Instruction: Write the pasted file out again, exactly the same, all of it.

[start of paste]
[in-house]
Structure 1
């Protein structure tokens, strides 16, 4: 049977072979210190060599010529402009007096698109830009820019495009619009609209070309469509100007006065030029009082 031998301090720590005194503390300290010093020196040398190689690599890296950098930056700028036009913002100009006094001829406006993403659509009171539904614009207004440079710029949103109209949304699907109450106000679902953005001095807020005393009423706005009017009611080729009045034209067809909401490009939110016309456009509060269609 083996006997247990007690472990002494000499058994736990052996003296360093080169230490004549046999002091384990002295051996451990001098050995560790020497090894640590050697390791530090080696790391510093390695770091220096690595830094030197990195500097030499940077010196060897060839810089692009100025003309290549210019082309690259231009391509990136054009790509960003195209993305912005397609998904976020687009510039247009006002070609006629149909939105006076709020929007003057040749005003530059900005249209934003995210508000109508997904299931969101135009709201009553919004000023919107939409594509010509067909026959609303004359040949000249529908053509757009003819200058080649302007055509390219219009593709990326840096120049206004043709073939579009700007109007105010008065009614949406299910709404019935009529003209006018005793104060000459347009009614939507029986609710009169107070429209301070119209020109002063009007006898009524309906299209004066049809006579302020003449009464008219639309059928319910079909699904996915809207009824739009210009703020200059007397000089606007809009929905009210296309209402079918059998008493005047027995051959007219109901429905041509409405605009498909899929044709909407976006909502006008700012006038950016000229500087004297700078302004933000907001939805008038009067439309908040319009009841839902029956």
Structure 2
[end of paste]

[in-house]
Structure 1
């Protein structure tokens, strides 16, 4: 049977072979210190060599010529402009007096698109830009820019495009619009609209070309469509100007006065030029009082 031998301090720590005194503390300290010093020196040398190689690599890296950098930056700028036009913002100009006094001829406006993403659509009171539904614009207004440079710029949103109209949304699907109450106000679902953005001095807020005393009423706005009017009611080729009045034209067809909401490009939110016309456009509060269609 083996006997247990007690472990002494000499058994736990052996003296360093080169230490004549046999002091384990002295051996451990001098050995560790020497090894640590050697390791530090080696790391510093390695770091220096690595830094030197990195500097030499940077010196060897060839810089692009100025003309290549210019082309690259231009391509990136054009790509960003195209993305912005397609998904976020687009510039247009006002070609006629149909939105006076709020929007003057040749005003530059900005249209934003995210508000109508997904299931969101135009709201009553919004000023919107939409594509010509067909026959609303004359040949000249529908053509757009003819200058080649302007055509390219219009593709990326840096120049206004043709073939579009700007109007105010008065009614949406299910709404019935009529003209006018005793104060000459347009009614939507029986609710009169107070429209301070119209020109002063009007006898009524309906299209004066049809006579302020003449009464008219639309059928319910079909699904996915809207009824739009210009703020200059007397000089606007809009929905009210296309209402079918059998008493005047027995051959007219109901429905041509409405605009498909899929044709909407976006909502006008700012006038950016000229500087004297700078302004933000907001939805008038009067439309908040319009009841839902029956």
Structure 2